Malka switched tasks, ordering a sandwich delivered for breakfast. Special instructions: knock on the door and leave the food outside. Confident that it was on the way, he did the light version of his morning exercise routine.

It felt good to move. It helped him forget, and to have purpose. The darkness would swallow him if he stopped moving for long enough, and he wasn’t ready to face it. He had to keep working. Some part of him just wanted to slow down and relax, but he had been down that road before and knew better than to listen to it.

He got up and picked up his phone again, beginning to compose an email to Jem. From what he’d been told, most Águilas were very insulated from the core leadership by a chain of handlers and cells, but because of his involvement with the Socrates fiasco in Italy, he’d been slotted into one of the most central circles.

Jem had been his handler before Olympus. He’d only met the woman in person once. She was small built, with dark curly hair and a plain face. It had been an uncomfortable half-an-hour in a stairwell in Manhattan. She’d brought not one, but two bodyguards. Her given name was Jezreel, and she’d jumped at the chance to speak Hebrew with him. His was rusty, and hers was bad, but that didn’t matter. She was supposedly an executive for some major media conglomerate, not that he could verify that. She hated looking at him. She knew he needed to die. These were standard things. He expected them.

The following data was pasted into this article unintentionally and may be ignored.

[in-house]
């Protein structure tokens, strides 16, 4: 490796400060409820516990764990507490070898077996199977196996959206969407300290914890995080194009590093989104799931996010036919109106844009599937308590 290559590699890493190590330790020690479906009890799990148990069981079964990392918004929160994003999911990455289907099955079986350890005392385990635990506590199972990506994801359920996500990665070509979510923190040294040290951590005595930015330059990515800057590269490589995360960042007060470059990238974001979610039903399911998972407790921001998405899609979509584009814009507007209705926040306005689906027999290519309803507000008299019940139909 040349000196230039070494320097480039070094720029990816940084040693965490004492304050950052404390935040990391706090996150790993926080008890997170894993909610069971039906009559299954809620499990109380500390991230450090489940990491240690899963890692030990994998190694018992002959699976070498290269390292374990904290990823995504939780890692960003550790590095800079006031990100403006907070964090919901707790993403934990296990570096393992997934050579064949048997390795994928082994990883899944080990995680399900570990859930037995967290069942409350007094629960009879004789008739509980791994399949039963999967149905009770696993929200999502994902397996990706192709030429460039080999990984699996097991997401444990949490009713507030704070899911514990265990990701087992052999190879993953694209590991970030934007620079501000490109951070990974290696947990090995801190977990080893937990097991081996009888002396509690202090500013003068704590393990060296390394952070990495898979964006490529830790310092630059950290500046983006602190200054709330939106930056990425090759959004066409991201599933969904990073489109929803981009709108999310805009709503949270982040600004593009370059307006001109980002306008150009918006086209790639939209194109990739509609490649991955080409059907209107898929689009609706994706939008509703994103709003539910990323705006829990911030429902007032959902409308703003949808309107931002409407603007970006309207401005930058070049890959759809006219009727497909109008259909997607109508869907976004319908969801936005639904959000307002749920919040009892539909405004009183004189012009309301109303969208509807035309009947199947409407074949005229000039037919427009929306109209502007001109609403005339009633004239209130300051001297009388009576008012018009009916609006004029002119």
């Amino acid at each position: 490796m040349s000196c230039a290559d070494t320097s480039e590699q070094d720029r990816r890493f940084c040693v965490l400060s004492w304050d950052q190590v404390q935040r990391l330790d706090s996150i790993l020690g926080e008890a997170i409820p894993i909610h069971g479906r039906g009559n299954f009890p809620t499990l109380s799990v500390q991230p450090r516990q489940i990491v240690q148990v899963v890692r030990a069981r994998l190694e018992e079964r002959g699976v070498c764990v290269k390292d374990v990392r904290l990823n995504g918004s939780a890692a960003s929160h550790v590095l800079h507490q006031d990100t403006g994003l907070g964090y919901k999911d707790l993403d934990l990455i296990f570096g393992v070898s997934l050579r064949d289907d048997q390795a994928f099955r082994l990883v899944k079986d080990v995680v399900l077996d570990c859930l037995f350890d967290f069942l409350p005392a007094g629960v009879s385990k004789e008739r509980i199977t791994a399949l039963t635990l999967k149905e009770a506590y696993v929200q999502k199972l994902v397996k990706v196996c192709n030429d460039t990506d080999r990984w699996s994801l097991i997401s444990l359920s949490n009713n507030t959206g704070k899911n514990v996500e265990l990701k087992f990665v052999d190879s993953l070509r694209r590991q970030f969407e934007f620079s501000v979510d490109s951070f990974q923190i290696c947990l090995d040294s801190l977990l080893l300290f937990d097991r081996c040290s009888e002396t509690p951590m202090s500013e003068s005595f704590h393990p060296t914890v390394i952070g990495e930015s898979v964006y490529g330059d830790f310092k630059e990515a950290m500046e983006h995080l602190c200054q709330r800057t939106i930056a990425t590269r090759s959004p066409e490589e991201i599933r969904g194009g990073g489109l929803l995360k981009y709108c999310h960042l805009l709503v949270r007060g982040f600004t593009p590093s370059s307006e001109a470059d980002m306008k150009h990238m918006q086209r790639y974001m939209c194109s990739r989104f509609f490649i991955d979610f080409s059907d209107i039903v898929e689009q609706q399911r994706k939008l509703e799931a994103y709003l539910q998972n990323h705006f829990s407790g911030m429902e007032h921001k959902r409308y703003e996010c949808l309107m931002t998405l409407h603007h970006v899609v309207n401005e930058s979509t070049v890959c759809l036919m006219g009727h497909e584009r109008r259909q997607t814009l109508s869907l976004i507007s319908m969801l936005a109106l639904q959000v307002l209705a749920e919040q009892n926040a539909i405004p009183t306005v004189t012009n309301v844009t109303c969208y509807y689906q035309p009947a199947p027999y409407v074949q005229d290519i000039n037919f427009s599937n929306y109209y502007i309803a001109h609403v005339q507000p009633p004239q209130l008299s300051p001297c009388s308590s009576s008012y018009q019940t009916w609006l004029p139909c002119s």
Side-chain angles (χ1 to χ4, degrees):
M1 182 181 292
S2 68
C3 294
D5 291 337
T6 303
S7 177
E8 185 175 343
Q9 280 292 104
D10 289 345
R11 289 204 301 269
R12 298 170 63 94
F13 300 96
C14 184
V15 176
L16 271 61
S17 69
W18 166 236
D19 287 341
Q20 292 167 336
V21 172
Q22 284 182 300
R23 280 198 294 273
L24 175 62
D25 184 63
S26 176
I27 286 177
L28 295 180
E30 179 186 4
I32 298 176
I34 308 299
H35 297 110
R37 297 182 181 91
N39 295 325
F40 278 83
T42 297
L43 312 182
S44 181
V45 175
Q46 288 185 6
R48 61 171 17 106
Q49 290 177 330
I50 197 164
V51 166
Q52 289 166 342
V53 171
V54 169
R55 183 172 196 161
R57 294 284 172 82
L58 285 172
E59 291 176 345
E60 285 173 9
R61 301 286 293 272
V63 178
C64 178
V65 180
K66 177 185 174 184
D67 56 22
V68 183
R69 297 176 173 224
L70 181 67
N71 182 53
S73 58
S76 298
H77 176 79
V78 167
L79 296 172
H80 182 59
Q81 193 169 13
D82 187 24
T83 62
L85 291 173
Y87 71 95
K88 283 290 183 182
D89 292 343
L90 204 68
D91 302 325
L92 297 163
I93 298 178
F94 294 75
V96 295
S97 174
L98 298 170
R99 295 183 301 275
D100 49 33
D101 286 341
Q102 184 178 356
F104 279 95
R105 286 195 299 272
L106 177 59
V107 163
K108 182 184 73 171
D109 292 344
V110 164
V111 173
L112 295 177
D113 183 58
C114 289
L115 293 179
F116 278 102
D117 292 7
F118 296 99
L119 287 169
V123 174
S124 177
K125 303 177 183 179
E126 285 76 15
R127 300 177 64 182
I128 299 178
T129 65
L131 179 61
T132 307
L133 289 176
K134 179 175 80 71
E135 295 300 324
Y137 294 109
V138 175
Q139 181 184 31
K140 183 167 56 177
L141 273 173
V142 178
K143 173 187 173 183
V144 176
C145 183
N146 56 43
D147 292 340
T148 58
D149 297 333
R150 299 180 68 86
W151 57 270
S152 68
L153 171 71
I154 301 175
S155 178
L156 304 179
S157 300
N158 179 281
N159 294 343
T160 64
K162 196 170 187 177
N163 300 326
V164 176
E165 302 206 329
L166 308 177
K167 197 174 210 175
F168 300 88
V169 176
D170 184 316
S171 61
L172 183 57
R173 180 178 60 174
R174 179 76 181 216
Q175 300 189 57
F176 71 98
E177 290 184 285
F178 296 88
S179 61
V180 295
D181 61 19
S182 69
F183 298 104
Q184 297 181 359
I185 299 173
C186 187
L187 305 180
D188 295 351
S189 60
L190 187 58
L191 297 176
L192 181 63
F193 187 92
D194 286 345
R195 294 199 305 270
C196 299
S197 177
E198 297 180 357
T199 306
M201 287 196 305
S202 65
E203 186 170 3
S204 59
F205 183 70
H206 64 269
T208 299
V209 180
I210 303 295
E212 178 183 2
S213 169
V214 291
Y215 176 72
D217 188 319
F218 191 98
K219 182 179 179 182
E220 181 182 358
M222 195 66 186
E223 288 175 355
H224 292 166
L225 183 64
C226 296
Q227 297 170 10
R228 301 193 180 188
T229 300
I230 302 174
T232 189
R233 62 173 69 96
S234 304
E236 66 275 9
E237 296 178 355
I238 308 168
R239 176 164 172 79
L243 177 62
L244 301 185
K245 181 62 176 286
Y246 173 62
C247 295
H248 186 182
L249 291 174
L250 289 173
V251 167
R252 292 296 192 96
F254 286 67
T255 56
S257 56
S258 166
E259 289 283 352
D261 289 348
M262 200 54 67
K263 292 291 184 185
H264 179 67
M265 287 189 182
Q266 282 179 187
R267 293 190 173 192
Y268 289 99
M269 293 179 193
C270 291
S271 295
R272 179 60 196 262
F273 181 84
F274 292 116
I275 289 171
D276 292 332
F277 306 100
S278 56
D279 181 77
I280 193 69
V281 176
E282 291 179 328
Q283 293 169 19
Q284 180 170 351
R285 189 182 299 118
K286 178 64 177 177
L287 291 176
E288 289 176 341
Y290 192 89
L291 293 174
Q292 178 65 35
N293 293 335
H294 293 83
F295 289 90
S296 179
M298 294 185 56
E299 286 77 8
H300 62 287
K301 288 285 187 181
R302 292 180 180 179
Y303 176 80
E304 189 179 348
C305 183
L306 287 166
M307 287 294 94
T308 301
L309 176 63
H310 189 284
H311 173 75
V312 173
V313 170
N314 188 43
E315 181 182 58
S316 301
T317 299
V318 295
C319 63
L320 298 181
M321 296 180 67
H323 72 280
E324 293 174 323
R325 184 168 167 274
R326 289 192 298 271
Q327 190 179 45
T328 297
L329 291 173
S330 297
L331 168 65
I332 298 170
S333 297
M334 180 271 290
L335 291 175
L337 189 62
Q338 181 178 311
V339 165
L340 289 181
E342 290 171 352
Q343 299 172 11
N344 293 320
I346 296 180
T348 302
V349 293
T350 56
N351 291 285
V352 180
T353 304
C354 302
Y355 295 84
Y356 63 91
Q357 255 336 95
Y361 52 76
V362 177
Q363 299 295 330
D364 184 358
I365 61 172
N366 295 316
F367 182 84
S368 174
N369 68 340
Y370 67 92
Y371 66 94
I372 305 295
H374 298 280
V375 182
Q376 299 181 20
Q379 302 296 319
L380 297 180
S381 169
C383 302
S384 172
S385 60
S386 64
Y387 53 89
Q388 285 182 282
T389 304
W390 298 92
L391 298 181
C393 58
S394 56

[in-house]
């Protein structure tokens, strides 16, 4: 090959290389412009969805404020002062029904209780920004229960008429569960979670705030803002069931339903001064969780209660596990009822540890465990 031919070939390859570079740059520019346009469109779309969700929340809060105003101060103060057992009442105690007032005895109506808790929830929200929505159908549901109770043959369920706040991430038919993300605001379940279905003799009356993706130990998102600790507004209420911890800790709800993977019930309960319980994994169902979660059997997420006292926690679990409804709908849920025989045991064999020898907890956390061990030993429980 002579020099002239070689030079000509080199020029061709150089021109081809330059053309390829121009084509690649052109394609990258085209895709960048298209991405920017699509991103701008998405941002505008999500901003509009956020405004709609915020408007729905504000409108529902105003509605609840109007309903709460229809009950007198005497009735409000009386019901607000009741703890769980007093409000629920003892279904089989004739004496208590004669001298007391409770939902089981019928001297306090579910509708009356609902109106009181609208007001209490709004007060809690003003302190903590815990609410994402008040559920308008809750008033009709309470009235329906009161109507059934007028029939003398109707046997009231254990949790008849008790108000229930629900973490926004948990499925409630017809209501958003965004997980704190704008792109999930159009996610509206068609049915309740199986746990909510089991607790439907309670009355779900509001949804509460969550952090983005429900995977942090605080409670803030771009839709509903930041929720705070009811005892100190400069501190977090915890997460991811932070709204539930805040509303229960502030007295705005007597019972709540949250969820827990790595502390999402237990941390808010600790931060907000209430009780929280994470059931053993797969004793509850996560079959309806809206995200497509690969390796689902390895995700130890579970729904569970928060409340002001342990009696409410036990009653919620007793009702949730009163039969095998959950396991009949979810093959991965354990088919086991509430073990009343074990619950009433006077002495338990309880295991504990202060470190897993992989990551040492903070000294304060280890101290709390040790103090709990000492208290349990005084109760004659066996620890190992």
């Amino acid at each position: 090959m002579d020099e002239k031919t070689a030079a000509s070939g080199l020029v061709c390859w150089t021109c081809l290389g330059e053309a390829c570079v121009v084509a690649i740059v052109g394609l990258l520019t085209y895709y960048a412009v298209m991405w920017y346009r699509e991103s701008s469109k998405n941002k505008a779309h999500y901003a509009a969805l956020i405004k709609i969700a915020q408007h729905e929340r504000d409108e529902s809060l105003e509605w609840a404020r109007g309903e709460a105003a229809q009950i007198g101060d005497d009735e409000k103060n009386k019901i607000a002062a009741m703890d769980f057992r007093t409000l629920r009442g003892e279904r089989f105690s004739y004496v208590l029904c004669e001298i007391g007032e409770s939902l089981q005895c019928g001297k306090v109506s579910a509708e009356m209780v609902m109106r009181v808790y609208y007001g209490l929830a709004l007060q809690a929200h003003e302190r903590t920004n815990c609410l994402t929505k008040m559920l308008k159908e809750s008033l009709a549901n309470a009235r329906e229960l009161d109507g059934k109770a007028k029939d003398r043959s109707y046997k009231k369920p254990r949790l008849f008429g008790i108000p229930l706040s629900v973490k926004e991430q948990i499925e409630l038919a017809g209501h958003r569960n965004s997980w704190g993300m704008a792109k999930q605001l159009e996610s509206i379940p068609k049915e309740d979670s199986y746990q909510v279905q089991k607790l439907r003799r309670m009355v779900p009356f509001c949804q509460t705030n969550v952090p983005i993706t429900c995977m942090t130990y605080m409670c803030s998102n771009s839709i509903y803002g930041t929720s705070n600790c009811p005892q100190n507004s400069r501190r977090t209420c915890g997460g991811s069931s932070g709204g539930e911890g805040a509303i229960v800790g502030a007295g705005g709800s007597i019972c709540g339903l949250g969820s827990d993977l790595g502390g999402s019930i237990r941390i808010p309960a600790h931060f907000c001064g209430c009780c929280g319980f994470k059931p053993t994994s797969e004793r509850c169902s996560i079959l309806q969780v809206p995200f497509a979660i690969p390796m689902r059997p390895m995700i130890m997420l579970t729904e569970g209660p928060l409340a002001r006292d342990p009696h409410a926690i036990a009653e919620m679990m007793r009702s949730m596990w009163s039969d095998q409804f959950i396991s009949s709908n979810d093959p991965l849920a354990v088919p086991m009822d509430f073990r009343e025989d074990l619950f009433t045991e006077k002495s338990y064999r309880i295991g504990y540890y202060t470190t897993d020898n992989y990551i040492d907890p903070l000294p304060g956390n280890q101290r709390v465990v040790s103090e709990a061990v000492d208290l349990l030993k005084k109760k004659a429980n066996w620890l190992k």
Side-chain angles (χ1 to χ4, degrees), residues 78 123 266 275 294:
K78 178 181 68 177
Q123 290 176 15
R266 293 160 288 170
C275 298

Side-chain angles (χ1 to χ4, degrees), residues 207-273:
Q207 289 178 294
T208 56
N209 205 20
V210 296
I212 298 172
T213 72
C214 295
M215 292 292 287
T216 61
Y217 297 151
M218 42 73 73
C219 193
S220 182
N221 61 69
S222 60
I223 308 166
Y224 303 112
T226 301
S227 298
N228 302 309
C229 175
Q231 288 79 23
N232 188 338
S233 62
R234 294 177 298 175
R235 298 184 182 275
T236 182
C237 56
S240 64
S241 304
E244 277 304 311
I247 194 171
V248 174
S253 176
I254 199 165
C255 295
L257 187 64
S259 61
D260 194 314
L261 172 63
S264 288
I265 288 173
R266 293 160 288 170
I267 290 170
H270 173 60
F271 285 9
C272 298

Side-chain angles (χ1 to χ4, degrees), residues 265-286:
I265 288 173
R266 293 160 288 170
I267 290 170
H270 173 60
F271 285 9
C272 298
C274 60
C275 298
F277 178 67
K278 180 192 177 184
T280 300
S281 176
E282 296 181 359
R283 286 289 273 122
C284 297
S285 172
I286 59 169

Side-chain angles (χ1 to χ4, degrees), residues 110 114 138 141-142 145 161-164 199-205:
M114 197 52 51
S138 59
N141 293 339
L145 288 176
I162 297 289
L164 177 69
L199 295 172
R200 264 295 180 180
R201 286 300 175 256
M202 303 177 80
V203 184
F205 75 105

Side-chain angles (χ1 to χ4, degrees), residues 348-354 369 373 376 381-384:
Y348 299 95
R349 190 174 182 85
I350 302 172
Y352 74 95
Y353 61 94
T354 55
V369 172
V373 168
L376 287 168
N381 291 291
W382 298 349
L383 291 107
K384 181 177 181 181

She also knew that he was useful to her cause. In the time after that meeting, he’d proven himself as a tracker and assassin. While Las Águilas had its fingers in pies all over the world, Jem’s only concern was Divinity, and she’d witnessed that he was a useful weapon and tool against them.